kids in tow. “I’ll feel a little strange. Like I lost my right arm. I’ll be like, ‘ What am I missing?’ And my hand luggage will be that bit lighter without all the snacks to keep them going.”
BROOKE WEARS Zara top and skirt, zara.com/ au; Petite Grand necklace, petitegrand.com; (opposite) Paris Georgia dress, parisgeorgiastore.com (from top) Brooke Satchwell in her latest TV series
with writer and co-star Scott Ryan; in 2001 with Steve Bisley in Water Rats; winning the Logie for Most Popular New Talent in 1998.
I have to say?’ I really love it when I have the opportunity to go into other layers, where it’s not all on the page, and deliver in a way that is less tangible.”
Satchwell’s experience fulfilling the requirements of commercial television is something she talks about frankly; she admits juggling the complexity of secondary studies with her work on Neighbours was intense. “I was doing five hours a day round trip in a taxi to get between school, home and work, and working 80-hour weeks, and getting tutored on the weekends. That’s an excessive workload for anyone.”
But the demands that came with her early career also put her in good stead when she went to Los Angeles in August, with Edgerton and the rest of the cast, to launch the show stateside. “I was able to navigate it fairly easily,” Satchwell recalls. “People were looking at me going, ‘ What are these secret Jedi skills you have?’ I was trained from a young age.”
onesty is maybe Satchwell’s most defining trait – and she is just as frank when asked to discuss the sensitive issue of domestic violence. In 2007, her former boyfriend Matthew Newton pleaded guilty to a charge of assault against her, but the conviction was quashed on appeal; in 2011, he would face charges of breaching an apprehended violence order taken out by his expartner Rachael Taylor. The charges were dropped after Newton agreed to comply with a mental-health treatment plan. More recently, Newton stepped down from directing the Jessica Chastain film Eve after a furore erupted over his alleged history of violence against women.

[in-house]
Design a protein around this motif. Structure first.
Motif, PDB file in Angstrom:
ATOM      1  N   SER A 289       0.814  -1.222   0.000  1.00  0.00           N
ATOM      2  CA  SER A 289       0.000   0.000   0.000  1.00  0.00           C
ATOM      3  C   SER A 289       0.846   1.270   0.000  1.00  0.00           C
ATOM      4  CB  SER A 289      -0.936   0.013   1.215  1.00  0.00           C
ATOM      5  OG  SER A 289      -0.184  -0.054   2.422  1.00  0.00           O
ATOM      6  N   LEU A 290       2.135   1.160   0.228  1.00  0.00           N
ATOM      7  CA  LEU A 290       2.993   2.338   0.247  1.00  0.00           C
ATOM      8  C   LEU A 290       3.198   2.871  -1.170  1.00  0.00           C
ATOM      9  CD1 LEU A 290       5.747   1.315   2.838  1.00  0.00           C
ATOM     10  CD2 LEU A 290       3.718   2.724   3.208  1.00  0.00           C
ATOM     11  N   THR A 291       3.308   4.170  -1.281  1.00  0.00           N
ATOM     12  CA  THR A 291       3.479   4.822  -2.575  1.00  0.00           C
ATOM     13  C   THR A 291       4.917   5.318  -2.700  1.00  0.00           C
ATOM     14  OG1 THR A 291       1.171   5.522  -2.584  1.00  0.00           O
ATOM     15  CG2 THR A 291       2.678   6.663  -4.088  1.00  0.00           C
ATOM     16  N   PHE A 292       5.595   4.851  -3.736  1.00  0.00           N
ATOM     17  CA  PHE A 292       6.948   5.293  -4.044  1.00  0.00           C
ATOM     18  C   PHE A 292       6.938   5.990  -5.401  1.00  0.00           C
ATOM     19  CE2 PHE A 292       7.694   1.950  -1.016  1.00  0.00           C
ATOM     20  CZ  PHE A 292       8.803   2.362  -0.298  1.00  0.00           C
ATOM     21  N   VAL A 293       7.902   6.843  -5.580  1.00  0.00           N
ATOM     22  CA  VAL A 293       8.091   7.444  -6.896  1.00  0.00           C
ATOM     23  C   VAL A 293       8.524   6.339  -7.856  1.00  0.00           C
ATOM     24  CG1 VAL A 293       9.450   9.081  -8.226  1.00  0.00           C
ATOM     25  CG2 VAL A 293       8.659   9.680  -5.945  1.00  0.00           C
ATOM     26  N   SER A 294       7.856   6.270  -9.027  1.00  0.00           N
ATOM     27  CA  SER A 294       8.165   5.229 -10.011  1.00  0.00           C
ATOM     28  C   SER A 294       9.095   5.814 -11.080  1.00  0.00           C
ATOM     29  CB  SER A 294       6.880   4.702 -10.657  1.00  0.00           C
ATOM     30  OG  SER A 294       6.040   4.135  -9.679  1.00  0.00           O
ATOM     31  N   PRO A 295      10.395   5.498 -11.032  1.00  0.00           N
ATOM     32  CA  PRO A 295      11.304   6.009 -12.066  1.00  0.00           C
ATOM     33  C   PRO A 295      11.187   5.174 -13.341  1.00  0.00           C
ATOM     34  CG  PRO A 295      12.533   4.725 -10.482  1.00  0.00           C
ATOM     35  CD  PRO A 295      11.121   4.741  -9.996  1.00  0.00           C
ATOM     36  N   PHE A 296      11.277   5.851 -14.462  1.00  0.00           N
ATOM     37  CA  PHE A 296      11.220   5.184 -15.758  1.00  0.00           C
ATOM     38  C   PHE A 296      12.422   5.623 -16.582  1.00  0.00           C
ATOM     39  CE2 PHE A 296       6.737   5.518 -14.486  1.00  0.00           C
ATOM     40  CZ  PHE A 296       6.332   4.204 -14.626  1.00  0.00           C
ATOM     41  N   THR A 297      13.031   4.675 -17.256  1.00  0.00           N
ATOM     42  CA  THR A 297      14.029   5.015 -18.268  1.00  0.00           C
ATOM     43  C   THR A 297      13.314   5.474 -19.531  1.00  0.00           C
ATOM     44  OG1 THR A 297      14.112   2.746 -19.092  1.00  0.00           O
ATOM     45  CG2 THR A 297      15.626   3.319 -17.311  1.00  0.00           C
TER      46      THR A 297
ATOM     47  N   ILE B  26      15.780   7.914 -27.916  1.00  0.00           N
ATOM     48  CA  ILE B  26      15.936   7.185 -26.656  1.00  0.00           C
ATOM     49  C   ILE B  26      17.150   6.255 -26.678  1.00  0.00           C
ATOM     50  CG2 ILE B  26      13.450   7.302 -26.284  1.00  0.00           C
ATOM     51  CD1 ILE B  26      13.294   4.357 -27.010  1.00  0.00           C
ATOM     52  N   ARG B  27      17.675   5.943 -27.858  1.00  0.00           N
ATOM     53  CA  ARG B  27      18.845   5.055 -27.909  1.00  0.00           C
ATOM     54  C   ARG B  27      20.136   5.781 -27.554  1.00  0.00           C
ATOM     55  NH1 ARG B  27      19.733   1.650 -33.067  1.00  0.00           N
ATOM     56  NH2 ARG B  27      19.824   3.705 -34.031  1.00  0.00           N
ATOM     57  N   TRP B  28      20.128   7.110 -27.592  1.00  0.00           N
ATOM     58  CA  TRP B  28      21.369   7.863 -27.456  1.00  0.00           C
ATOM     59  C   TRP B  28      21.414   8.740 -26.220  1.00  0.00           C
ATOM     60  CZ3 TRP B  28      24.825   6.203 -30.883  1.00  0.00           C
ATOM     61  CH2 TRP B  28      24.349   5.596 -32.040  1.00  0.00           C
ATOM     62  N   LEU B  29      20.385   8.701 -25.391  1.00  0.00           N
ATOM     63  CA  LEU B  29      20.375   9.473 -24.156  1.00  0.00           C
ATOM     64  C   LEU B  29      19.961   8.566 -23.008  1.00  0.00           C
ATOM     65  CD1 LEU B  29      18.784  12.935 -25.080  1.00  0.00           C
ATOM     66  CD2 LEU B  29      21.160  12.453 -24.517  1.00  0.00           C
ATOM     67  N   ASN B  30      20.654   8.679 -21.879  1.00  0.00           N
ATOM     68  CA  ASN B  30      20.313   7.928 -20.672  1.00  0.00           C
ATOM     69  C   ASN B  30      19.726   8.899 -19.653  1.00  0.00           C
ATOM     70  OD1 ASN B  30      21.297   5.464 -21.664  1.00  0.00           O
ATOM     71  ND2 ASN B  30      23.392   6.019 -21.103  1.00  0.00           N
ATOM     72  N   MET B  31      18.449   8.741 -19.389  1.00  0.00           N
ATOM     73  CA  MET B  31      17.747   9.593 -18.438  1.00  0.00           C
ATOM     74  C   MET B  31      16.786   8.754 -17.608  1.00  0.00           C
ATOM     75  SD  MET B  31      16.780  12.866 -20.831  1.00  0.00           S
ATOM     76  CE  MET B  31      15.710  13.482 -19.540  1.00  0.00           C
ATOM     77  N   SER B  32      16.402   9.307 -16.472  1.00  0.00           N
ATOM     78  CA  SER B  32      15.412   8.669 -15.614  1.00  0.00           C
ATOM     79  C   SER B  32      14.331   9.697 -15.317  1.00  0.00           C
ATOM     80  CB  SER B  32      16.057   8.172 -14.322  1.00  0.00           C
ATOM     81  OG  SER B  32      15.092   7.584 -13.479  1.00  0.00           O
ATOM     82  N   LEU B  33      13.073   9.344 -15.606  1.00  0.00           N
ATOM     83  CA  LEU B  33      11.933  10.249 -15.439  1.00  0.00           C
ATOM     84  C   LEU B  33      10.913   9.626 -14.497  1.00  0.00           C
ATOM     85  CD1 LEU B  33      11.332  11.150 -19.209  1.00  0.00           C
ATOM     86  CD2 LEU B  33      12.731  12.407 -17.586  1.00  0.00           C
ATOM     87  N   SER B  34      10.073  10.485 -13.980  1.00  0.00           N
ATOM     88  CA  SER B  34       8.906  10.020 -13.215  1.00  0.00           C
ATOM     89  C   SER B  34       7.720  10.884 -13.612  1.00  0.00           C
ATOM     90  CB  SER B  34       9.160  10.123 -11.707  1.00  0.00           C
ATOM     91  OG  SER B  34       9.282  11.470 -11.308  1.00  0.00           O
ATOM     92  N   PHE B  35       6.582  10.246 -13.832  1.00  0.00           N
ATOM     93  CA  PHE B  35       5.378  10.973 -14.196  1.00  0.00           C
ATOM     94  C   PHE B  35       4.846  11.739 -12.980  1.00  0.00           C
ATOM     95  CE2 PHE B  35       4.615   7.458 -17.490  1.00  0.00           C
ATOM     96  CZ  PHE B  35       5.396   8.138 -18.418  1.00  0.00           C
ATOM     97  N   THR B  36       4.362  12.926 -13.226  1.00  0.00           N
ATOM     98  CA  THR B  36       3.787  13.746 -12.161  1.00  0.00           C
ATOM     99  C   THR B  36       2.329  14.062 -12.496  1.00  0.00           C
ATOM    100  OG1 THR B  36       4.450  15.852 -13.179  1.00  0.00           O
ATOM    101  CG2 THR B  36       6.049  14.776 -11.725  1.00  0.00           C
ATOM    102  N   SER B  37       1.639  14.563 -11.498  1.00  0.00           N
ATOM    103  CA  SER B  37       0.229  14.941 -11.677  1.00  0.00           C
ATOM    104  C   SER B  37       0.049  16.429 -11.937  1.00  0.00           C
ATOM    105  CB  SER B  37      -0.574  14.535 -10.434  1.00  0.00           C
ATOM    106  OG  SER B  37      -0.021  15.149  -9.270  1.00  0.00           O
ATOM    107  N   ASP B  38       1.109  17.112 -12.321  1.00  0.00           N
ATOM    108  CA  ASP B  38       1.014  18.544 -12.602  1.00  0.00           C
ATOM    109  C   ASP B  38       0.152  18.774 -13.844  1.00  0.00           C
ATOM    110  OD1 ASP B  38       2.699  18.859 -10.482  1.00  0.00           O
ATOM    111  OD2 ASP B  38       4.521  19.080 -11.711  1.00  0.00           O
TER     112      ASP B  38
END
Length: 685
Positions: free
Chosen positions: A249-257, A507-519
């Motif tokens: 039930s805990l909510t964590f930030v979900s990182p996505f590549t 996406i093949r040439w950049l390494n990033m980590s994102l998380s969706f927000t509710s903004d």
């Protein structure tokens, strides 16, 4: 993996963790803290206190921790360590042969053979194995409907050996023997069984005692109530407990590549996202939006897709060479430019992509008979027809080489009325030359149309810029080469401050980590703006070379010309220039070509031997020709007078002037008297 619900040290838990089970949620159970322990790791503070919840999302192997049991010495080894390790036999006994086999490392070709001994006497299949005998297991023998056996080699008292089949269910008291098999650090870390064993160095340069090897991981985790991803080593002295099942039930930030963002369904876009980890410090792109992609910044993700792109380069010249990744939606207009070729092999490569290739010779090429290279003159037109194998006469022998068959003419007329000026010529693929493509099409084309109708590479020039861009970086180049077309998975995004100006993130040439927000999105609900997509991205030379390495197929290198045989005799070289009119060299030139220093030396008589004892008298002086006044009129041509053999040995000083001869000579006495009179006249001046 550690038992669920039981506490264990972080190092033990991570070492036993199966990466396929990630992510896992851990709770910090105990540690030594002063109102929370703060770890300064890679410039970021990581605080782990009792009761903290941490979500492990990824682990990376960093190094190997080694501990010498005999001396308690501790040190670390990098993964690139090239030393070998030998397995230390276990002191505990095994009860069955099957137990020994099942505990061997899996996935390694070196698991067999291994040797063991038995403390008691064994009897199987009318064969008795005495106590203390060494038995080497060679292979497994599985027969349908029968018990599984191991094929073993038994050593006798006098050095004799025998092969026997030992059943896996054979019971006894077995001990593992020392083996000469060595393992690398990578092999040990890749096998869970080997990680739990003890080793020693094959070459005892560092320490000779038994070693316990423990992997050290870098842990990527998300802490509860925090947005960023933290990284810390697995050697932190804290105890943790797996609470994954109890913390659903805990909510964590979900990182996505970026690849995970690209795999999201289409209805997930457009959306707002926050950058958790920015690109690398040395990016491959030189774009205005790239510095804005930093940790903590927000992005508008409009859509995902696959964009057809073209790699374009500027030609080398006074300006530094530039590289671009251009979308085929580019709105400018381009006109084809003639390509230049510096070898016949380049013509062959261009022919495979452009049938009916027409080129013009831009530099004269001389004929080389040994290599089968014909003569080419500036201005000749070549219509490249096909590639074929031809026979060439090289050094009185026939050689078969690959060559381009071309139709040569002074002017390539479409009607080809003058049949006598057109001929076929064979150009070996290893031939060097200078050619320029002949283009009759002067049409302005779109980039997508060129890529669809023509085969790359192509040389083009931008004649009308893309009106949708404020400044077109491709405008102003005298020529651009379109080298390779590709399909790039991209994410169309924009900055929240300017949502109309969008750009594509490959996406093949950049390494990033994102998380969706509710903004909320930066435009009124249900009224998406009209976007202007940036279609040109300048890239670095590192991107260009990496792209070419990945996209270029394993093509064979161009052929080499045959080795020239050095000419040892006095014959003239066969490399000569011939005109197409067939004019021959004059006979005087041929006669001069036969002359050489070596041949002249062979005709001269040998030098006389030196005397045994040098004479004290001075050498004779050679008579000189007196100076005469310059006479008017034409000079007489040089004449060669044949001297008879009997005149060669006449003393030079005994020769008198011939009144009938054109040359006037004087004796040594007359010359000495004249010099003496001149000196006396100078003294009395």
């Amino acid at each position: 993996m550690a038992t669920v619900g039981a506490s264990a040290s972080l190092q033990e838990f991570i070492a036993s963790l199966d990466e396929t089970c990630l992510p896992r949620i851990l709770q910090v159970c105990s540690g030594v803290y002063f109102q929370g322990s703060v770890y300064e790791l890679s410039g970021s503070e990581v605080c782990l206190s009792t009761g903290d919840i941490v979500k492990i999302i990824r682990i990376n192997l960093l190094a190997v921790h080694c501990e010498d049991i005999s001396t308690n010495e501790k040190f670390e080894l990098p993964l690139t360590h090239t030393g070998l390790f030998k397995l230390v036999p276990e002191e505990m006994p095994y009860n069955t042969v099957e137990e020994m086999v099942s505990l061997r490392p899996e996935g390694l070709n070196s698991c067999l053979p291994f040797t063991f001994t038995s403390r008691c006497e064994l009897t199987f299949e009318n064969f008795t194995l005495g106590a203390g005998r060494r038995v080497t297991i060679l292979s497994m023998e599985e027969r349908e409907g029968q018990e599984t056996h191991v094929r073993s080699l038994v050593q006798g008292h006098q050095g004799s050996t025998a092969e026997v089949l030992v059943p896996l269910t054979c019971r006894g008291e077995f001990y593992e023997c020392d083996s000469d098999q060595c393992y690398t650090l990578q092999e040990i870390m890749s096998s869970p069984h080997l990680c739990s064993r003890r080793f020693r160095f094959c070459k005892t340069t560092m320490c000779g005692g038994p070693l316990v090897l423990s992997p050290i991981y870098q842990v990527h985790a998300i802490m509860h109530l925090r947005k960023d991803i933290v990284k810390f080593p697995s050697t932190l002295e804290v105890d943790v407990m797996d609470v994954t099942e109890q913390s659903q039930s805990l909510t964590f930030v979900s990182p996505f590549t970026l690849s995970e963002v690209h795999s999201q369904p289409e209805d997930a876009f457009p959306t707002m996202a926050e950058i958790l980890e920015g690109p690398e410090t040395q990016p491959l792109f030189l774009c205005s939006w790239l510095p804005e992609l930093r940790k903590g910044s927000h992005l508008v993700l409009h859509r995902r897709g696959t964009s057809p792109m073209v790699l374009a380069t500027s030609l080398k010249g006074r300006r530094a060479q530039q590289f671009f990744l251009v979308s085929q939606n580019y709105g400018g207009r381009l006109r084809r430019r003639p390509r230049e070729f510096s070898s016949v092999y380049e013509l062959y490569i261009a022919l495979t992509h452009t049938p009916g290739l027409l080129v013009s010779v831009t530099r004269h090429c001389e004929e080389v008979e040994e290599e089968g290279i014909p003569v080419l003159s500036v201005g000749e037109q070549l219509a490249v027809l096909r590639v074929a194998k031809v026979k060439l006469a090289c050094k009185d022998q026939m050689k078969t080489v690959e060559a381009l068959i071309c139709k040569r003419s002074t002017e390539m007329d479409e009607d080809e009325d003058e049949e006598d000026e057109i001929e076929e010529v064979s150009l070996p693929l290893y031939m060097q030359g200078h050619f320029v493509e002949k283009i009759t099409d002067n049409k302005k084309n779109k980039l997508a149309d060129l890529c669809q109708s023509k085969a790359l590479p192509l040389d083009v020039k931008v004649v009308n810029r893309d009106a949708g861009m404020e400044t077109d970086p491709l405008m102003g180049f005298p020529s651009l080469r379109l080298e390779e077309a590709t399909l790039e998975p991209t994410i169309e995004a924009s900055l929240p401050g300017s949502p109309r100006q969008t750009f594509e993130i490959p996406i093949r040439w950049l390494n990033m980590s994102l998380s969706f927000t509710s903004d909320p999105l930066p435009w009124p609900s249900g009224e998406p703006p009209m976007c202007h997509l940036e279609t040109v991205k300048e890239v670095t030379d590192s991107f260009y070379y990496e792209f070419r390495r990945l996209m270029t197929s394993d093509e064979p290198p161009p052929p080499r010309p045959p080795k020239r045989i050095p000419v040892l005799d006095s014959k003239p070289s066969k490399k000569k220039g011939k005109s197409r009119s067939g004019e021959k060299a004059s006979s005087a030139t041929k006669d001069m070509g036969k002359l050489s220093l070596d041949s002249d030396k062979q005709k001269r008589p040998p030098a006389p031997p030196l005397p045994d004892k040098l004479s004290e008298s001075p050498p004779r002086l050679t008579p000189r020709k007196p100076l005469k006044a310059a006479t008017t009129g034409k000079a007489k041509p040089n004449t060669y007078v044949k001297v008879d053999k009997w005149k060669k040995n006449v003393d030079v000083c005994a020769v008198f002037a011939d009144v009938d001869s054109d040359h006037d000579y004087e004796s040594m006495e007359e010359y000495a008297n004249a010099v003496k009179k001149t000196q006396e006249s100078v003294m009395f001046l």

Given the nature of those headlines and the wider discussions around a host of topics affecting women, it is only natural to want Satchwell’s take. For starters, she points out, the nature of the chatter has changed significantly in the decade since her case.
“I think in the early stages it was all about outrage, and everyone being horrified, but the conversation didn’t necessarily progress into what it meant, or what could help shift and change people’s understanding and how people can become so entrapped in situations,” she says, adding that now “there are people like Rosie Batty speaking very publicly. I chose not to do that at an early stage, because I found that people were getting radically distracted by the whos, rather than the whats – and the people specifically involved in my situation. It wasn’t the point, really. [It should have been] a discussion about the behaviour. So I didn’t think it was helpful.”
Satchwell remains open to answering questions on the subject. It’s just that doing so can feel awkward, depending on the context. “I’m promoting a television show and I know I’m going to be asked. I’m only interested in being honest, which is why I respond, but it is tricky to be trying to shoehorn a conversation like this into a conversation about a television show. But there’s definitely a conversation to be had, and I wholeheartedly support that and in the right capacity, am more than willing to be involved.” Mr Inbetween premieres 8.30pm, Monday October 1, on Foxtel’s Showcase.